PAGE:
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Analysis of Yesterday's Primary Election Results
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By ANJRPC Lobbyist Rob Nixon

State House Strategies


The field is now set for the November General Election for Governor and the Legislature following a primary election that saw more yawns than surprises from voters.  In the end there appear to be two practical takeaways from this election. First, voters were not overly excited to come out to the polls despite a number of alternatives put forward from party leaders for Governor and in some legislative districts.  Voter turnout in the June primary was a disappointing 14% despite the millions spent in advertising and the Get Out The Vote (GOTV) efforts of both parties.  And while it appears that an increased number of Democrats voted than Republicans compared to the 2009 Primary election, the overall totals demonstrate a disinterested populace and party base as New Jersey prepares to select a new Governor.

Second, even without a massive turnout of party loyalists this election proves once again how important it is for a candidate to receive “the Line” in a primary election.  Specifically, a candidate who receives the designation as the official GOP or Democratic candidate on the ballot in a primary race gets bracketed under the County political party line on the ballot.  With that comes identification as the formal party candidate as well as organizational support in money and manpower.  Without question that factor favored Republican and Democratic candidates throughout NJ this year once again.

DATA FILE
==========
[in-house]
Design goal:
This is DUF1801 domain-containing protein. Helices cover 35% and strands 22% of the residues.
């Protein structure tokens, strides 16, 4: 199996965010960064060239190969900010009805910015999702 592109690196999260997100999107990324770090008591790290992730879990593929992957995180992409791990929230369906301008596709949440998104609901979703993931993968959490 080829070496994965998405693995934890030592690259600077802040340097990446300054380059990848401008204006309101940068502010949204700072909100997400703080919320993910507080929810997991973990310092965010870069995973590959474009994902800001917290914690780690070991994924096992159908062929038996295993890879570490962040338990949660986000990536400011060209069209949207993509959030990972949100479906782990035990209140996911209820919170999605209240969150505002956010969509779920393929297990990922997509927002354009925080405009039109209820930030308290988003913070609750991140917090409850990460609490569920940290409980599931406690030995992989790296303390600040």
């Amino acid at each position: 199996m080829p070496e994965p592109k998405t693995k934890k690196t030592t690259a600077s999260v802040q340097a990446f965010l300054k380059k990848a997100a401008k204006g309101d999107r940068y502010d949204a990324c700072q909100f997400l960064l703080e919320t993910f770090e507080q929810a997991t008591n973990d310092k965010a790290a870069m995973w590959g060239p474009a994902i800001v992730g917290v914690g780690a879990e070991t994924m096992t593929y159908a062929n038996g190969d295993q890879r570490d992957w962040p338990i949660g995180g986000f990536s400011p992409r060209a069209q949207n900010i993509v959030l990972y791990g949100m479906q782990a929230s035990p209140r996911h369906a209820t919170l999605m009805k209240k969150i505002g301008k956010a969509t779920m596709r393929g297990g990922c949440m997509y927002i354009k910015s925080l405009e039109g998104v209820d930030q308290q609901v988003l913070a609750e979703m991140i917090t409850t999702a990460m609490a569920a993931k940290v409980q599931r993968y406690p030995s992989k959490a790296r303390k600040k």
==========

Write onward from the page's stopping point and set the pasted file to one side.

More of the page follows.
Murphy and Guadagno for Governor

The race for Governor has come down to what most analysts expected – Republican Lt. Governor Kim Guadagno versus Democratic businessman and former Ambassador to Germany Phil Murphy, whose candidate website touts an openly anti-gun agenda. 

Lt. Governor Guadagno was the favorite to succeed Governor Christie when the election season began but she faced a surprisingly aggressive and well organized challenge from Republican Assemblyman Jack Ciattarelli.  However, Ciattarelli could not overcome the party support Guadagno received from County GOP organizations around the State, especially in Ocean and Monmouth Counties, and her name recognition and role as an active Lt. Governor for 8 years brought her a clear win in the GOP primary.  Guadagno took nearly half of the total election results in a field of 5 Republican challengers.

A Former Goldman Sachs executive and Ambassador to Germany under President Obama, Phil Murphy more than easily beat back his rivals for the Democratic nomination by more than 130,000 votes.  Murphy’s win as a first time political candidate in NJ likely can be attributed to two major factors.  First, he used his vast fortune to build his name identification and to support Democratic causes to build a base for himself.  Second, he spent a considerable amount of time behind the scenes working to introduce himself to party leaders across the State.  In doing so he knocked off the initial Democratic front runner, Senate President Steve Sweeney, early in the process by securing critically important county party organizational support for the primary.